Internet Law

Yelp ordered to turn over identities of seven authors who wrote alleged fake reviews

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A Virginia appeals court has ruled Yelp must turn over the identities of seven anonymous reviewers of a carpet cleaning business who did not appear to be actual customers.

The Virginia Court of Appeals found no First Amendment violation when the business, Hadeed Carpet Cleaning, could not find customer records that matched the negative reviews. The Washington Times covered the decision, which was also noted by How Appealing.

“The freedom of speech—and within this, the freedom to speak with anonymity—is not absolute,” the court said in an opinion (PDF) released Wednesday. “If the reviews are unlawful in that they are defamatory, then the John Does’ veil of anonymity may be pierced.”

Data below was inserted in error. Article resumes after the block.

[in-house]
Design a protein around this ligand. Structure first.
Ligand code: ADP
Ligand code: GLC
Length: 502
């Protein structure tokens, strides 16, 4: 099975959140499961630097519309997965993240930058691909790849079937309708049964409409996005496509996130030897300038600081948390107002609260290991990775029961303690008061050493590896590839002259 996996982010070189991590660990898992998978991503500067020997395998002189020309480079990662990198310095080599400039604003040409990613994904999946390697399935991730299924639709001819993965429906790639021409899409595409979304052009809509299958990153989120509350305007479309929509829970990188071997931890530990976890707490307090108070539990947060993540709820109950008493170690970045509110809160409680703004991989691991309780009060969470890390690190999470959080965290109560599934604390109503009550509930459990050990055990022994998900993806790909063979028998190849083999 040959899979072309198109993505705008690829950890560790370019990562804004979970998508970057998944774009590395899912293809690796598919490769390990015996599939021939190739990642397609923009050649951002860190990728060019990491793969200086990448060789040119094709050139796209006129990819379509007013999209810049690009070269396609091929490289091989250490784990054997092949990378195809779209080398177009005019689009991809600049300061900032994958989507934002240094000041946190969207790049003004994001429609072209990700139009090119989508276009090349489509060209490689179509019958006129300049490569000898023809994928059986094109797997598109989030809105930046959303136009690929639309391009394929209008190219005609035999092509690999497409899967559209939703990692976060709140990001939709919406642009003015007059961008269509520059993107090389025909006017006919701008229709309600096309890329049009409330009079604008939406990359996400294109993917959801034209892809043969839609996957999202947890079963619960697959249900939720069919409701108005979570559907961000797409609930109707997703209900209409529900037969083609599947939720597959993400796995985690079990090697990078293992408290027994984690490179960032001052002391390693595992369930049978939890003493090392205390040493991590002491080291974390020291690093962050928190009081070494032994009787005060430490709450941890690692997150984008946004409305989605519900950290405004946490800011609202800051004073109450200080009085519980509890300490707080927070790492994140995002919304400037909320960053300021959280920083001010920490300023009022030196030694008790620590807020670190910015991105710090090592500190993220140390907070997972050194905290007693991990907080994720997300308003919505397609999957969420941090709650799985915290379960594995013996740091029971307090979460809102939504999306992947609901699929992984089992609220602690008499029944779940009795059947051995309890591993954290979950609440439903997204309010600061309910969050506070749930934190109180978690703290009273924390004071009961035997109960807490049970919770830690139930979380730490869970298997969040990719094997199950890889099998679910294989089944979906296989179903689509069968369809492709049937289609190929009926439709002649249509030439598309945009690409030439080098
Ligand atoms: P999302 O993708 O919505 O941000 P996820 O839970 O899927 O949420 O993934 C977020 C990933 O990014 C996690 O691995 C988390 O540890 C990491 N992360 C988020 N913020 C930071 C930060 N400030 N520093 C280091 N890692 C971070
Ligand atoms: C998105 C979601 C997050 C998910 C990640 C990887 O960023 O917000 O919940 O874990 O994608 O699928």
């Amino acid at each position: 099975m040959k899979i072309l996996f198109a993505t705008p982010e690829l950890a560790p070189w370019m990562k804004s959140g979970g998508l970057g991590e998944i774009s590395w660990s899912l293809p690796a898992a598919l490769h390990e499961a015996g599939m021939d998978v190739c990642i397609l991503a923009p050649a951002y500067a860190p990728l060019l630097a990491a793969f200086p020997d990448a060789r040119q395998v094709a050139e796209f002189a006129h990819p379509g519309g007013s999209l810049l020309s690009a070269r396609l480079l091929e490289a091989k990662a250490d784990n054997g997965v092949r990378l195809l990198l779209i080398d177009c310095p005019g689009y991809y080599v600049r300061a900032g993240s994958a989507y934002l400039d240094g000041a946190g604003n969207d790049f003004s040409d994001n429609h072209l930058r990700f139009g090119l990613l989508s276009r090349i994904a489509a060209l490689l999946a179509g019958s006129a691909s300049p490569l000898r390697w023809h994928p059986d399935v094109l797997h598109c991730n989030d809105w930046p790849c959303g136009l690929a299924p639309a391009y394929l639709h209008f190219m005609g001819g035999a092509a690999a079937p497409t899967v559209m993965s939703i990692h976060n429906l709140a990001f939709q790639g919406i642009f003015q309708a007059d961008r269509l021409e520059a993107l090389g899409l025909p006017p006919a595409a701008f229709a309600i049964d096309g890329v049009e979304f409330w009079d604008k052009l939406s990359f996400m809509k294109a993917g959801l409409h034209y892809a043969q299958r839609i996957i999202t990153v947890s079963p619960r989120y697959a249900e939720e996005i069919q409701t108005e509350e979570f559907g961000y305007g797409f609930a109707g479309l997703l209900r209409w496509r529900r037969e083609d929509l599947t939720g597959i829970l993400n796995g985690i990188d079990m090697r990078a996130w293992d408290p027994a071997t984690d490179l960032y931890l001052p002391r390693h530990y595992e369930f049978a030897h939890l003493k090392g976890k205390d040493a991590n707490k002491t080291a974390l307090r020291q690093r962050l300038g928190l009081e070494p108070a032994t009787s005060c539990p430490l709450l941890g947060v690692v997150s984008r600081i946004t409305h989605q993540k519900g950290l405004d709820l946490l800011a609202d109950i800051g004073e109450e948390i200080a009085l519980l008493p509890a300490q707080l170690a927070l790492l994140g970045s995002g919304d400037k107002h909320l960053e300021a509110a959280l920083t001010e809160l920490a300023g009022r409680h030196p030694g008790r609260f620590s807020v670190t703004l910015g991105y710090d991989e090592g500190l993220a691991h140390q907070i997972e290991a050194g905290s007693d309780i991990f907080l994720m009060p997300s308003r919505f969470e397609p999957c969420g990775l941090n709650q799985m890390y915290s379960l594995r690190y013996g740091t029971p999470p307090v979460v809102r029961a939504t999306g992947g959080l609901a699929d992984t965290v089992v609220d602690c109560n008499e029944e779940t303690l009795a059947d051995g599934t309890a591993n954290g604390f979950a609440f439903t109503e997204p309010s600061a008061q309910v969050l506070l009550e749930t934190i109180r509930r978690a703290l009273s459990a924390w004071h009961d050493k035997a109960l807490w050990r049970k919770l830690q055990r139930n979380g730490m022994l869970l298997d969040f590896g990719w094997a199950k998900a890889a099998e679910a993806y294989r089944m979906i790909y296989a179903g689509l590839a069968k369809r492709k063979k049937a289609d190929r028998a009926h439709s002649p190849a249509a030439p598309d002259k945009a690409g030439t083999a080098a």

One reviewer, “Aris P.” from Haddonfield, N.J., claimed that the price of carpet cleaning was double the quote and that Hadeed was once bankrupt. But Hadeed does not conduct business in New Jersey. Several other allegedly fake reviews complained that the price was double the quote, or criticized Hadeed’s advertising.

A partial dissenter argued that Hadeed could not be sure that the reviewers were not actual customers, and the authors should be protected.

Paul Levy of Public Citizen represented Yelp. “Hadeed really did nothing to justify the need for the identity of the Does in this case,” he told the Washington Times. “It’s going to make it more difficult for the marketplace of ideas to get valuable information about companies.”

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